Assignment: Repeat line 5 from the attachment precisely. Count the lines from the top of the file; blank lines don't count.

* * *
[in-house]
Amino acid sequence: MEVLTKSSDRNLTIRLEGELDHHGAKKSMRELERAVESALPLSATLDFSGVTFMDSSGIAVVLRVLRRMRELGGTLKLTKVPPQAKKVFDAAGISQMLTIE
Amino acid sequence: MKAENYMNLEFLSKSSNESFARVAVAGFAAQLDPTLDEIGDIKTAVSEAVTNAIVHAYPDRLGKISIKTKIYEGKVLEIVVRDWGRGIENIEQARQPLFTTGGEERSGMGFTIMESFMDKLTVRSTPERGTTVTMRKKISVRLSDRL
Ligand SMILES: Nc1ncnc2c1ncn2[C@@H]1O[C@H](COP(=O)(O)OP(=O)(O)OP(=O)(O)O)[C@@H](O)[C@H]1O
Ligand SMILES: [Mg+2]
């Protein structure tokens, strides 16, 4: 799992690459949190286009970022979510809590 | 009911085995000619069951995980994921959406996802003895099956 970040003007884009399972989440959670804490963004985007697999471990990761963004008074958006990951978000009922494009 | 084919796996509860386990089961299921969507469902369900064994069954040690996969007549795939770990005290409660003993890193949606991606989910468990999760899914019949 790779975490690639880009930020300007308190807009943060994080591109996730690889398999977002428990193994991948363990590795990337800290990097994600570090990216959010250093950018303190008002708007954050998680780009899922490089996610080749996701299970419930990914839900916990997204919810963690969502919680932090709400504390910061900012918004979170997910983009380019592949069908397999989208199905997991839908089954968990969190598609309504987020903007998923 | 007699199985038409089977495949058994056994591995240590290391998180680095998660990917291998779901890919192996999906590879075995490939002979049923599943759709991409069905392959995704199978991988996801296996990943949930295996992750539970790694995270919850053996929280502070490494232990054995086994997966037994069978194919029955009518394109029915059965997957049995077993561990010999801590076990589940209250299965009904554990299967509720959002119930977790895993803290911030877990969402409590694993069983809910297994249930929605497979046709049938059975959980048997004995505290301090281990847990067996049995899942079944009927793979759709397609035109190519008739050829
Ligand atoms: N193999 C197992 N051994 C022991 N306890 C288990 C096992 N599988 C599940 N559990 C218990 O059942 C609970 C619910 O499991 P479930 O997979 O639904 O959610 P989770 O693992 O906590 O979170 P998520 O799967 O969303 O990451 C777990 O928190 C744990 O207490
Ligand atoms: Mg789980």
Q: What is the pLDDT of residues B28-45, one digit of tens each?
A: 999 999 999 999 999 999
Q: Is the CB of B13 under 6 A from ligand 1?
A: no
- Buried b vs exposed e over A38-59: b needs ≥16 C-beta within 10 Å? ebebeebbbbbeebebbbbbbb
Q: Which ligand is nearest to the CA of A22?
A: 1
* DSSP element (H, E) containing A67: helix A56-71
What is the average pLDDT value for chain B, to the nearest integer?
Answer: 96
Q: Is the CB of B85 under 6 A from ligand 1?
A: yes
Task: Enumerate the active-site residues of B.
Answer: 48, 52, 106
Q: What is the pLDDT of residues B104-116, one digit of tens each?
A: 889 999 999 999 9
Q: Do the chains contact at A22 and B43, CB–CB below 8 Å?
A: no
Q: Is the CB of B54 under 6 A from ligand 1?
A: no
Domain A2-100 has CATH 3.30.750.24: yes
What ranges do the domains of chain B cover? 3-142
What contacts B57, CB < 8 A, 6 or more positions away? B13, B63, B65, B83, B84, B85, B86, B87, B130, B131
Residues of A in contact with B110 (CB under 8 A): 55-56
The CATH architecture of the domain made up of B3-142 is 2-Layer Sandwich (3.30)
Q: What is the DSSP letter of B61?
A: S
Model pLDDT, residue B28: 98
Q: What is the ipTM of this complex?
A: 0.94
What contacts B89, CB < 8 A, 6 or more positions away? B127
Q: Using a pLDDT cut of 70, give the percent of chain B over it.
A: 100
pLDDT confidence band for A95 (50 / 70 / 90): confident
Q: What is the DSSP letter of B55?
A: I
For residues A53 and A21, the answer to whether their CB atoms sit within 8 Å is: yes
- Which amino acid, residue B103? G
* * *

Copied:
Ligand SMILES: [Mg+2]